The demand for housing subsidies became clear in Santa Clara County, Calif., in April when the housing authority accepted applications for its Sec. 8 voucher waiting list for the first time in seven years.

About 46,000 people applied in the first two days. The agency received 20,000 online applications within just the first four hours, reported Alex Sanchez, executive director.

Thousands more requests were expected to come in before the deadline.

This huge demand is a sign of both the need for affordable housing and the high cost of housing in Silicon Valley, according to Sanchez, but even he was surprised by the flood of requests.

The housing authority has 16,000 active Sec. 8 vouchers, with little turnover. The last time that the agency accepted Sec. 8 applications, about 27,000 people responded.

Importance of grocers outlined

Grocery stores play a key role in improving low-income communities. Not only do they provide local residents with jobs and access to basic necessities, but they often set the stage for further development, according to the Local Initiatives Support Corp. (LISC)

The national organization reports that the number of food stores in poor neighborhoods is nearly one-third lower than in wealthier areas. Once they are built, however, they often thrive. Research has shown that inner-city grocery stores outperform their suburban counterparts.

LISC reported supporting 44 food-market projects around the country by the end of 2005.

Details about the important role of grocery stores in low-income neighborhoods can be found in Food, Markets, and Health Communities. The report is available at

NYC offers housing incentives to attract teachers

The New York City Department of Education and the United Federation of Teachers announced a plan to provide housing subsidies to attract math, science and special education teachers to the most challenging schools.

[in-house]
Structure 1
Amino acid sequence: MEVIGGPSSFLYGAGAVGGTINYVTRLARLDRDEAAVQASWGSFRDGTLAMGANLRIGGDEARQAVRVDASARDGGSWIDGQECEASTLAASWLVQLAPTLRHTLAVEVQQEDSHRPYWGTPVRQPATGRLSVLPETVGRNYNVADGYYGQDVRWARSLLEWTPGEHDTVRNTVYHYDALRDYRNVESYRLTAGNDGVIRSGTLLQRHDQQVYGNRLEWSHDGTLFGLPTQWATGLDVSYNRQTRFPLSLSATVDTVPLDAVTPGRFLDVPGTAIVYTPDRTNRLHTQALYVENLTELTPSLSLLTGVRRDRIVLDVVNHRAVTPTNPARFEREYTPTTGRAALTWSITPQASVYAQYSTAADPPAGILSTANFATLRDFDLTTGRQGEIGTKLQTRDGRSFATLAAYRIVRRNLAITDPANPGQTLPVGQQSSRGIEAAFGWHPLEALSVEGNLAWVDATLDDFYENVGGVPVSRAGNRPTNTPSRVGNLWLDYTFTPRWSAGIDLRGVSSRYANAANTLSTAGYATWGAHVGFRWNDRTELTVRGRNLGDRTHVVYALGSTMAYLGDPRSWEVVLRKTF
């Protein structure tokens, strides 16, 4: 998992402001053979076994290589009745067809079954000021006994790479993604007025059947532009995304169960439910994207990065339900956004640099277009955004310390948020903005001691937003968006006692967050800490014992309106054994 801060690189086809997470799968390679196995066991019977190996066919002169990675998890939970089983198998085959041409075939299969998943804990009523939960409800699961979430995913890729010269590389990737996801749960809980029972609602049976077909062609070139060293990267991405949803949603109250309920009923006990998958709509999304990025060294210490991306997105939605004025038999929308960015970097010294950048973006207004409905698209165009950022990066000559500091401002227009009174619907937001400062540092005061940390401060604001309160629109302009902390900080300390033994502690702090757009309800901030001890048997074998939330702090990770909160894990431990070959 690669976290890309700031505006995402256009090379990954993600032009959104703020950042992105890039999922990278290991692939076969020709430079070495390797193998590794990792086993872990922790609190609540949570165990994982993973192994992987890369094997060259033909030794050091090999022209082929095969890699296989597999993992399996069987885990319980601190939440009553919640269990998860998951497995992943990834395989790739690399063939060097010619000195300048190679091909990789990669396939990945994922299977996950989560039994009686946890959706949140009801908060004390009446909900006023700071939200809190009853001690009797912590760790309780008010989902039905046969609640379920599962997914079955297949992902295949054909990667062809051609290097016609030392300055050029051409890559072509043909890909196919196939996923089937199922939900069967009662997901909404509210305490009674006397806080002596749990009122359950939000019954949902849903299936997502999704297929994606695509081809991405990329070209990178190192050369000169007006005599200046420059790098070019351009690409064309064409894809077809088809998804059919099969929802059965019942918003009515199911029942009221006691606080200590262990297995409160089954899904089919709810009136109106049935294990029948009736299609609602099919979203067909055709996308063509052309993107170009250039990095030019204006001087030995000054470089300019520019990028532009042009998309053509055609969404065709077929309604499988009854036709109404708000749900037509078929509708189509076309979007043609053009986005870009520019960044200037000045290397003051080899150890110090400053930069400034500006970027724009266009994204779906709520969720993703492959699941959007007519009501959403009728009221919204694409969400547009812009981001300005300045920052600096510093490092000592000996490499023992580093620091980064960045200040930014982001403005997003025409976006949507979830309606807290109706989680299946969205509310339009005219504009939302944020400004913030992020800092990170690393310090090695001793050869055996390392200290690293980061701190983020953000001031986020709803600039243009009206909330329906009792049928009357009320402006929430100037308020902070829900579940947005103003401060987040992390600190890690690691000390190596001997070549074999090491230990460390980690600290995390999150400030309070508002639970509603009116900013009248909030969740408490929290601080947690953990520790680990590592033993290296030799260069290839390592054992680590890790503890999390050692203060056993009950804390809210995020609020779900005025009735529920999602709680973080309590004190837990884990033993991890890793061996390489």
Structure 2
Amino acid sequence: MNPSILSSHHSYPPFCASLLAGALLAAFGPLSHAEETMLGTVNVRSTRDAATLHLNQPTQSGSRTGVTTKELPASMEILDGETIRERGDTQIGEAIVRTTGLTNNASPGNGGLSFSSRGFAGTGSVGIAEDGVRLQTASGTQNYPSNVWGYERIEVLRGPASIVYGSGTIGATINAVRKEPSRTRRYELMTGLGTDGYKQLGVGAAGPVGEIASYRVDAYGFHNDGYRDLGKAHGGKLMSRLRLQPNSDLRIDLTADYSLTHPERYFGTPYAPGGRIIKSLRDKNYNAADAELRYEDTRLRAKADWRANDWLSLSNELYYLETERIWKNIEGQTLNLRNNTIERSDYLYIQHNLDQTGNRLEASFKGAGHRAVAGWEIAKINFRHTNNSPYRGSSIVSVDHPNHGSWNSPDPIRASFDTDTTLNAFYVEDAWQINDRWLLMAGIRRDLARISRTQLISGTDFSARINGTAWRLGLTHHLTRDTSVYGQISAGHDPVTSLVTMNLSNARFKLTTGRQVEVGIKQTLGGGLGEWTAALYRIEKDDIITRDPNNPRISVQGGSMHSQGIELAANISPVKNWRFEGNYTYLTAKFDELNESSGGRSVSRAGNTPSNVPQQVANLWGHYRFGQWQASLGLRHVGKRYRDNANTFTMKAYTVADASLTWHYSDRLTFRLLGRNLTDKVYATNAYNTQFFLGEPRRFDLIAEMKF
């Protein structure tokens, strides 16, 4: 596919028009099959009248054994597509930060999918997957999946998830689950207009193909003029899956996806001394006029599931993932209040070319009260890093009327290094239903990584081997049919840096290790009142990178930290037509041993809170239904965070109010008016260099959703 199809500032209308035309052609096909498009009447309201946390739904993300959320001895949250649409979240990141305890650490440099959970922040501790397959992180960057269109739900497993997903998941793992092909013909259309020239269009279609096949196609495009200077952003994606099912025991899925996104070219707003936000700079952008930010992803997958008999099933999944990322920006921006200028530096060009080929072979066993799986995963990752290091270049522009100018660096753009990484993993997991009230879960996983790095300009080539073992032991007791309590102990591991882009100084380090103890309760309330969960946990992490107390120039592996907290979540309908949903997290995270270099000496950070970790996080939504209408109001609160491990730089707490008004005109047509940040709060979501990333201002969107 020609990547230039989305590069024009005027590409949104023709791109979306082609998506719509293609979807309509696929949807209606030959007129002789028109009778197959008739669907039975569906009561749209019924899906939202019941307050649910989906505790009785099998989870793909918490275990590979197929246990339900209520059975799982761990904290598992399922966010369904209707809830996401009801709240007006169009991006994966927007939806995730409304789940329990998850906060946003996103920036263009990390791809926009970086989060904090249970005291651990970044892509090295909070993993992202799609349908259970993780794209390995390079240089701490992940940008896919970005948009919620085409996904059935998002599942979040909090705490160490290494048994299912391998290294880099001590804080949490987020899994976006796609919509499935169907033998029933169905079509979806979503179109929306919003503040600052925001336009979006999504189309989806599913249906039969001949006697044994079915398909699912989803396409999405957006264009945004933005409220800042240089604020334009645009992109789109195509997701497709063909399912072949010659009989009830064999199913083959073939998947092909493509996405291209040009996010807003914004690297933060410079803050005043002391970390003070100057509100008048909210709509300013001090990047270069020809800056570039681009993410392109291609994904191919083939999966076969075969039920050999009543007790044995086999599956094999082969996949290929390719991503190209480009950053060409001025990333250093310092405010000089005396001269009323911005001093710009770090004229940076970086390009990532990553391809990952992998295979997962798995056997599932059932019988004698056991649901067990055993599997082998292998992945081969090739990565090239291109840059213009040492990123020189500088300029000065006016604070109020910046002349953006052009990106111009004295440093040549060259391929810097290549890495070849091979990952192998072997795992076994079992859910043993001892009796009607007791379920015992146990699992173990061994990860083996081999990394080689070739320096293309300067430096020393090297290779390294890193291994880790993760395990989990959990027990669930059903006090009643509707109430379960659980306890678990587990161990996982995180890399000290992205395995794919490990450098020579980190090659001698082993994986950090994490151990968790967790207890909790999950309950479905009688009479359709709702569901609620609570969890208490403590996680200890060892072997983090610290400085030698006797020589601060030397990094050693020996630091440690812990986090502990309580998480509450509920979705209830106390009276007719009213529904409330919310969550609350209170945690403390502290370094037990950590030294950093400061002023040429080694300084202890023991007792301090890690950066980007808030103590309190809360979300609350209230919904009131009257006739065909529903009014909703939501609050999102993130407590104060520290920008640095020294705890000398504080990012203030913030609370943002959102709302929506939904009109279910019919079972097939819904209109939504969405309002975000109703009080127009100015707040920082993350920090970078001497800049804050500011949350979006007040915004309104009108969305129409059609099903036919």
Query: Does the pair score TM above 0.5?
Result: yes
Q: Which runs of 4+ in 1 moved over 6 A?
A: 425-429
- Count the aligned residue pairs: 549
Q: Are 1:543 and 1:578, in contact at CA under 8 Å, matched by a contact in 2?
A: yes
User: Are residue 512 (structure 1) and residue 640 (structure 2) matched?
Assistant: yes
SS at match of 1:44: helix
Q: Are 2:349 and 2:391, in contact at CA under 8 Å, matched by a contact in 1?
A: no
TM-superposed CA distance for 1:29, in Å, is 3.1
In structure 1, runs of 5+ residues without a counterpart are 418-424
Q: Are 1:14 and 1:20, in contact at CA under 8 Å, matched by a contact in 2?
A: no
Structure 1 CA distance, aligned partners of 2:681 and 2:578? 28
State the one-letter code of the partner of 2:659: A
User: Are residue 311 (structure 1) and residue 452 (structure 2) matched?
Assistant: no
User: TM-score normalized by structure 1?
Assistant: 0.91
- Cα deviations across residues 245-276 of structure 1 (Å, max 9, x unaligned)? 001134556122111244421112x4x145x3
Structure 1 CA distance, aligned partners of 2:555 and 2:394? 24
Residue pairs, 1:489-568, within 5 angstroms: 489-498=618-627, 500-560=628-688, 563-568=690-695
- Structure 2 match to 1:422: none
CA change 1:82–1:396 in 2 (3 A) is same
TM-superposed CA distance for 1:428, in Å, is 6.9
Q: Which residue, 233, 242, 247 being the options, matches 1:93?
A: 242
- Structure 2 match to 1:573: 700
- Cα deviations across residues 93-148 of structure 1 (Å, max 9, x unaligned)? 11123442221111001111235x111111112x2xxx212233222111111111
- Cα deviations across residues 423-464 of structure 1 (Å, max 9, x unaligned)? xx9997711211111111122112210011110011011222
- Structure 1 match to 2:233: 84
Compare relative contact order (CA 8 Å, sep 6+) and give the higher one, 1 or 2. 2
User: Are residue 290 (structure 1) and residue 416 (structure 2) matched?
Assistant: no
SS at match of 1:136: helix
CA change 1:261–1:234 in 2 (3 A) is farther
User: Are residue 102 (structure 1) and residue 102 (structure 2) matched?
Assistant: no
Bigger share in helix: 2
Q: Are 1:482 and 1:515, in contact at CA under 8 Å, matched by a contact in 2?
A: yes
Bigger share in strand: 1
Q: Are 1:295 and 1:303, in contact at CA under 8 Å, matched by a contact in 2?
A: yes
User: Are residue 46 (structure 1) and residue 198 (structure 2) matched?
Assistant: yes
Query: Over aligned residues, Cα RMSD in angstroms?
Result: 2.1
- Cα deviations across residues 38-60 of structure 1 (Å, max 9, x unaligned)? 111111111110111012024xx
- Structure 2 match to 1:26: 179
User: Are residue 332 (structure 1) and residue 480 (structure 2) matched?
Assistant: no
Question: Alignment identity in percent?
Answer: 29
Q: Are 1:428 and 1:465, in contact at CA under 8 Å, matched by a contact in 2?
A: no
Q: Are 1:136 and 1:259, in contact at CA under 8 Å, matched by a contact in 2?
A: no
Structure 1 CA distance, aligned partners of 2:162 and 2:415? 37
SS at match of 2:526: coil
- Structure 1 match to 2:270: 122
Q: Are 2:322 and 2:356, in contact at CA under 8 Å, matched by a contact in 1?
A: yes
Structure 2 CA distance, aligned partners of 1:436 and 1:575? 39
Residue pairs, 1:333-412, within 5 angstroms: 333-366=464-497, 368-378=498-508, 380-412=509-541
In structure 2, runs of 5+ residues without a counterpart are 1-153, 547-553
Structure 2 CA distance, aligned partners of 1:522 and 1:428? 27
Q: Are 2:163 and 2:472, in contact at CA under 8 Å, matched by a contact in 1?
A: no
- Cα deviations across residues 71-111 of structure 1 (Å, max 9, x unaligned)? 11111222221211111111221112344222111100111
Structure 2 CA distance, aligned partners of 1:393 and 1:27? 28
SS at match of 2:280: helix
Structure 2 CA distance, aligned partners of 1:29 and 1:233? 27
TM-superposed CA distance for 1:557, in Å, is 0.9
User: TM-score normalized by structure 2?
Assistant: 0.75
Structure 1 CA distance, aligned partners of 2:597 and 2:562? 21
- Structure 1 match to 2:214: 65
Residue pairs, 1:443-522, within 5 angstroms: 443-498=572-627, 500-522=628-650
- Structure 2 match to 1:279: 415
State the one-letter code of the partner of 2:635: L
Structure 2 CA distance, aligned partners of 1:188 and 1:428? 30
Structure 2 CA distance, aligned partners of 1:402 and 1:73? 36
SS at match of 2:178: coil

The program will provide up to $5,000 for initial housing-related expenses such as relocation, downpayments or mortgage fees. Eligible teachers would then receive a $400 monthly housing stipend for two years.

In exchange, the teachers must commit to teach in city schools for at least three years.

Using the housing incentive, the department was set to go out and recruit new teachers from other regions.


In memoriam: Jane Jacobs

Jane Jacobs, an urban planning pioneer and advocate for smart growth, died in April at the age of 89. New Urbanism, smart growth and HOPE VI redevelopments received much of their inspiration from her writings.

Jacobs was internationally renown for books such as The Death and Life of Great American Cities, which was published in 1961. That book was a critique on the urban renewal policies in the United States in the 1950s.

In the 1960s, Jacobs fought to save New York City from a massive freeway project that would have cut through the middle of the city and, among other things, destroyed Washington Square Park. She was even arrested at a 1968 protest against the project.

Holler leads Mercy Housing’s Midwest operations

Mercy Housing appointed Cindy Holler president of Mercy Housing Lakefront, a merger of Lakefront Supportive Housing and Mercy Housing’s Chicago operations. She was also named president of Mercy Housing’s regional operations in Cincinnati.